To further confirm that microglia could mediate the effects of TGF-β on BP regulation, we adoptively transferred C8-B4 microglia with or without in vitro TGF-β1 priming into the cerebroventricular of naive mice. Twenty-four hours after their intracerebroventricular transfer, C8-B4 cells tagged with CFSE were distributed in the recipient brains, mostly localized around the third ventricles where PVN is in vicinity (Figure V in the online-only Data Supplement). There was no difference in baseline BP and heart rate between the groups (Table in the online-only Data Supplement). A single intracerebroventricular injection of Ang II (50 ng) elicited an acute pressor response in both groups (Figure VI in the online-only Data Supplement). However, the magnitude and area under the response curve elicited by Ang II were significantly attenuated in mice transferred with TGF-β1–primed microglia compared with the ones received naive microglia. This difference was not observed in mice receiving medium or TGF-β1–primed astrocytes.
Identification of Neuroplasticity and Neuroinflammation Signatures Associated With Hypertension and TGF-β
To identify the neural molecular signatures associated with hypertension and TGF-β, we performed qRT-PCR arrays (Qiagen, CAPM13540) of PVN and brain stem lysates isolated from naive mice and mice made hypertensive by Ang II for 10 days. Moreover, we also examined the samples from mice pretreated via the intracerebroventricular route with TGF-β1 followed by 11-day Ang II treatment in the presence (TGF-β1+Ang II) or absence of microglia (TGF-β1+DT+Ang II). These gene targets were selected based on their widely reported roles in synaptic alteration, pain, or neural injury. We compared the identified molecular signature of genes whose expression changed by >2-fold across all 4 groups and pooled the genes into 3 categories: inflammatory factors (Figure 6A), signaling regulators (Figure 6B), and ion channels (Figure 6C).
Previous studies revealed that Egr1, Egr3, JunB, CD34, and Cox-2 are downstream genes induced by TGF-β1.32–36 Consistently, in our qRT-PCR array analysis, these genes were all upregulated in the TGF-β1–treated brains (Figure 6A and 6B), which verifies the robustness of this assay. This is consistent with reports that TGF-β is required for microglial proliferation because the stem cell antigen CD34 is expressed in proliferating resident microglia,18 and our assay shows that upregulation of the CD34 by TGF-β1 is intrinsic to microglia because microglial depletion completely abrogated the increase (Figure 6A). Moreover, our results confirm that microglia are the major source of the neurohumoral BDNF (Figure 6B), consistent with the finding that microglia-derived BDNF promotes neuron synapse formation.15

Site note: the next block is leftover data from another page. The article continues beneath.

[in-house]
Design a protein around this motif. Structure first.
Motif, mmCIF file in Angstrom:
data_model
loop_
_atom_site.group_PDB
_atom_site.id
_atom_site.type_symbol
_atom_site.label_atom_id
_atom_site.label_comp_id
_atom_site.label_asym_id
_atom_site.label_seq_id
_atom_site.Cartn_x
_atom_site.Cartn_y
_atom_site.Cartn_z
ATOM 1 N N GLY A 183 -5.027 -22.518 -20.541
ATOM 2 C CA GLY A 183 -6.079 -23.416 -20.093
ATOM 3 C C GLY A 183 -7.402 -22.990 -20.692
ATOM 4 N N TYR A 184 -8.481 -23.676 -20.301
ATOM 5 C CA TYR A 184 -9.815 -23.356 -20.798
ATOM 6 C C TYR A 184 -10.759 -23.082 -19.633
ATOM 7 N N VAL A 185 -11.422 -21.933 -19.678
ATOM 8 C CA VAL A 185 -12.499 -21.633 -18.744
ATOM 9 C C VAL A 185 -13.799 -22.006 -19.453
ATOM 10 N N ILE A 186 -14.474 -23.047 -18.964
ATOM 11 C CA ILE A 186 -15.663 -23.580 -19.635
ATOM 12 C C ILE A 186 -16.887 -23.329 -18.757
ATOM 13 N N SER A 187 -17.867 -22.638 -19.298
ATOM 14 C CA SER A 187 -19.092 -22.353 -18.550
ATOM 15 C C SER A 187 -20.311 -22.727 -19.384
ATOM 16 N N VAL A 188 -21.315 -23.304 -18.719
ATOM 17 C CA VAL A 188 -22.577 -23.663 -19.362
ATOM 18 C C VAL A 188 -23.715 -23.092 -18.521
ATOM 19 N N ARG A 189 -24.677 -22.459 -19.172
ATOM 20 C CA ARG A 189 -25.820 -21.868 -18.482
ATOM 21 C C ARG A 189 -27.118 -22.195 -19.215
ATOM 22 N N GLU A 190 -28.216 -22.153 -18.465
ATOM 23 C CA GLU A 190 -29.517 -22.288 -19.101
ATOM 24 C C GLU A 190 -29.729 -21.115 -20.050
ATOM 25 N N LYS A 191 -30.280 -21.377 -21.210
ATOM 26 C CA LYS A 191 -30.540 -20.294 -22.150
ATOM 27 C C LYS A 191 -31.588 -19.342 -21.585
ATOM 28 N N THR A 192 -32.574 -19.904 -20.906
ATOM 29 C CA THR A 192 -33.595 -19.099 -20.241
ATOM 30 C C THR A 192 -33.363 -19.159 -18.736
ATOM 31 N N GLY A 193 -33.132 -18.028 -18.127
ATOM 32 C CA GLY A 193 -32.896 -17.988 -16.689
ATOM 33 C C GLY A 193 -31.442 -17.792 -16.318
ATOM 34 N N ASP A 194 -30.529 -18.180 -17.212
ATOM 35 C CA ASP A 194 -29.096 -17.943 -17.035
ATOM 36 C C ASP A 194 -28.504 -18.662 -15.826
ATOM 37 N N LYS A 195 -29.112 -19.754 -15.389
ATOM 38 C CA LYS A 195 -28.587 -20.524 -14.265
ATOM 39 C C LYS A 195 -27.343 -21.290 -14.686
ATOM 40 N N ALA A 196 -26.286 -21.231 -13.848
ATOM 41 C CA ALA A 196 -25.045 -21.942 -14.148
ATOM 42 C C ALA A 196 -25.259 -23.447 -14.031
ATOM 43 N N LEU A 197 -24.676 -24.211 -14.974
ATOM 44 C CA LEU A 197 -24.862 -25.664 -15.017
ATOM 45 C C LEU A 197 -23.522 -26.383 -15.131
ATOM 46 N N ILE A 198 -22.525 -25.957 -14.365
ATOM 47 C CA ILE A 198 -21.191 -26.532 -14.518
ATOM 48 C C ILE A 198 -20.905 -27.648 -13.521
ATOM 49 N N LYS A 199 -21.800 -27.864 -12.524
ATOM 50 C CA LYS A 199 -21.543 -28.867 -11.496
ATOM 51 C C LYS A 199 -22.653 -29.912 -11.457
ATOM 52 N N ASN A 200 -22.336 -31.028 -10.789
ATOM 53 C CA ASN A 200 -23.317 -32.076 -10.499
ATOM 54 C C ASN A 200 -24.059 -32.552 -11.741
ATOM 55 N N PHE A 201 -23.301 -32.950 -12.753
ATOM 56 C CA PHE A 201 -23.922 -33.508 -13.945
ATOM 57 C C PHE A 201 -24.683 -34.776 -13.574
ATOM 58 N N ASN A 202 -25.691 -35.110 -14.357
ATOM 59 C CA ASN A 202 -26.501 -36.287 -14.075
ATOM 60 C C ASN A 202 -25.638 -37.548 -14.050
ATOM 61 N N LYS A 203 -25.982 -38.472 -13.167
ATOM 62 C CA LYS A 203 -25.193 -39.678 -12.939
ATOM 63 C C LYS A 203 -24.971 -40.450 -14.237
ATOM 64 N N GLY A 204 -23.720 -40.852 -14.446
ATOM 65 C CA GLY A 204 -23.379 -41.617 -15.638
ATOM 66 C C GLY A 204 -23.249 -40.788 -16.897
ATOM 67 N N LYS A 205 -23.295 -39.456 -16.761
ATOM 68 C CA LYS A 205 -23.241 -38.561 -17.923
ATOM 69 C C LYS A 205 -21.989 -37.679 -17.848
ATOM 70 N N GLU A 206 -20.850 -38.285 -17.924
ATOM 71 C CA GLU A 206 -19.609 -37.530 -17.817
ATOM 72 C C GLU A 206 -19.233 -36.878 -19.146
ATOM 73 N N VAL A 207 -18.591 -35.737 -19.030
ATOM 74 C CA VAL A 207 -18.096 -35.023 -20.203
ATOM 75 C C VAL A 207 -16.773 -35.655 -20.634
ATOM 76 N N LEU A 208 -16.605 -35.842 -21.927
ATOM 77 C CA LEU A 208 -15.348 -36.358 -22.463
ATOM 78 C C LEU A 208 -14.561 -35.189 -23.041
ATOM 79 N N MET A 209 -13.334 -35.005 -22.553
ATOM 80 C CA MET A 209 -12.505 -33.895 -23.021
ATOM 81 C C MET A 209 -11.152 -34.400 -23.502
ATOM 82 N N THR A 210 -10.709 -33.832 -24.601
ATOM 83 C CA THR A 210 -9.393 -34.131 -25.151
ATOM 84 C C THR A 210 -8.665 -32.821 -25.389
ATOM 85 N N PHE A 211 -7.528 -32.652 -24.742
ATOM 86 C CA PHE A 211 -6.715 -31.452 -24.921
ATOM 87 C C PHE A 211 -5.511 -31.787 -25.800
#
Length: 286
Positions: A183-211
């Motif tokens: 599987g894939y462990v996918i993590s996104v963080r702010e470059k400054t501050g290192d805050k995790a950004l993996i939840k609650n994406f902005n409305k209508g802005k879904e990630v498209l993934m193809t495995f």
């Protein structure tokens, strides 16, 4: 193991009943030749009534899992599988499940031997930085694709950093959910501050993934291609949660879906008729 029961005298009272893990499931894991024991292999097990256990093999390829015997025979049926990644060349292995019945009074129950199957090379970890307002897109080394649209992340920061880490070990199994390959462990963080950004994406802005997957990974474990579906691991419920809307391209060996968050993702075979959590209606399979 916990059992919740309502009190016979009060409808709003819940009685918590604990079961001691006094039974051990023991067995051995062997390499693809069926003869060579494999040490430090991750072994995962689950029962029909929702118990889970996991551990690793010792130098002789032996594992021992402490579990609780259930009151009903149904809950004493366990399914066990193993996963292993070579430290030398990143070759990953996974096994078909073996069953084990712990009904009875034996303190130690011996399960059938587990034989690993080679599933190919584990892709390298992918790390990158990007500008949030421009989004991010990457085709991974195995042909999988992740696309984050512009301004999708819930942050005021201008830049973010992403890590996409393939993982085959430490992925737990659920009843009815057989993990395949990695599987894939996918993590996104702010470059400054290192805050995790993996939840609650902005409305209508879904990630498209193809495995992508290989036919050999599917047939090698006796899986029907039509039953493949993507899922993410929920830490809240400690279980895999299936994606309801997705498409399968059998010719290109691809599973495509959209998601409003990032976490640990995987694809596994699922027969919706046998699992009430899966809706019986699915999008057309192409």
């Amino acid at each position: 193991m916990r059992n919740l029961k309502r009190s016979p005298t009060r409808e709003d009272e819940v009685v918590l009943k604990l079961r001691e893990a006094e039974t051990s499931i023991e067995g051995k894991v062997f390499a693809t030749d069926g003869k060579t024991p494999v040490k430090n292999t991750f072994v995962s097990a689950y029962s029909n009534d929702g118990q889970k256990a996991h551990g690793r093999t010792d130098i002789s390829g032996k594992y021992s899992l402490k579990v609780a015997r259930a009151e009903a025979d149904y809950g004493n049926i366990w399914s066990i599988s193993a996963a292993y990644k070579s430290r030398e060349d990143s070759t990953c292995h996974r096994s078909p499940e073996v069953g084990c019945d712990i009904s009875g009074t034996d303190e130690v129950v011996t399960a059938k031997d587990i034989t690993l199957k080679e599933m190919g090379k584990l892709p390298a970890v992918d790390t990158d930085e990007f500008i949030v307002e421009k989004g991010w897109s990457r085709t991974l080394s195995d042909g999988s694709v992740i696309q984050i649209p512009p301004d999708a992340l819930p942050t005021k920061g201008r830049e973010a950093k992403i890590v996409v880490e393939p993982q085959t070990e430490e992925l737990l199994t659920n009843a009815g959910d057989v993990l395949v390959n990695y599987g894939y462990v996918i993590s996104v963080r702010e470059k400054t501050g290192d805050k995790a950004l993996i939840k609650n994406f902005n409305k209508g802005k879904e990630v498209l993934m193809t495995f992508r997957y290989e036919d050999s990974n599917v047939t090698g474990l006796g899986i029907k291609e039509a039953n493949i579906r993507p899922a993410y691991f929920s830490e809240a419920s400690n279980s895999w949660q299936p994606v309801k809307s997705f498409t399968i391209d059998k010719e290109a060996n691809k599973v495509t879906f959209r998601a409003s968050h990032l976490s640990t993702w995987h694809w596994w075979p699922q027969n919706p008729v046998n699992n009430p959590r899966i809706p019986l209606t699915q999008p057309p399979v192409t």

Ion channel genes are mainly expressed by neurons in the CNS. The assay reveals 3 distinctive patterns of ion channel expression in the brains from mice made hypertensive by Ang II when compared with the normotensive brains (Figure 6C). Hypertension is associated with downregulation of the nonselective cation channels (Trpv1, Trpv4, and Trpa1), upregulation of the voltage-gated sodium channel Scn10a, and no changes in the glutamate receptor (NMDA receptor subunit Grin2b and AMPA receptor subunits Gria1 and Gria2). However, intracerebroventricular TGF-β1 treatment not only substantially offset the effects of Ang II on Trpv1, Trpv4, Trpa1, and Scn10a but also upregulated glutamate receptor Grin2b and Gria2. Depletion of microglia completely abolished these effects of TGF-β1, again indicating that microglia mediate the effects of TGF-β in the brain.
Other changes in genes associated with neuroplasticity include the neurotrophic receptor Ntrk1, the signaling of which promotes sympathetic neuron activity37 (Figure 6B). Ntrk1 was upregulated by Ang II treatment and by depletion of resting microglia; in the presence of microglia, TGF-β1 suppressed its increase induced by Ang II. Among the transcription factors, Egr1–4, JunB, and Nfatc4 were considerably upregulated by TGF-β1, and our data indicate that these processes occurred in microglia because deprivation of these cells normalized or even decreased expression of Egr1–4, JunB, and Nfatc4 (Figure 6B).
It was recently reported that macrophage-derived Cox-2, in the periphery, is important for antagonizing salt-sensitive hypertension.38 Our array data show that TGF-β1 treatment before Ang II raised Cox-2 expression by 5-fold, and microglia depletion completely abrogated the effects of TGF-β1 on Cox-2 (Figure 6A). To confirm these results, we examined Cox-2 expression in the PVN and brain stem of naive, Ang II–hypertensive and Ang II+TGF-β1–treated mice. RT-PCR confirmed that TGF-β1 treatment significantly increased Cox-2 mRNA levels (Figure VIIA in the online-only Data Supplement); further, we demonstrated that TGF-β1 can dramatically elevate Cox-2 expression in primary microglia (Figure VIIB in the online-only Data Supplement), suggesting that in the CNS, the microglia-derived Cox-2 may also play a critical role in antagonizing the BP-induced changes and that TGF-β1 induces its expression.
Mice lacking TGF-β die of multiorgan inflammation early in life, highlighting a crucial role for TGF-β in dampening self-harmful inflammatory responses and maintaining tissue homeostasis.39 Hypertension is associated with neuroinflammation.1,2,24 This study, as a continuum of our previous studies, sought to understand how central physiological regulation and neural immune response are balanced in the setting of hypertension.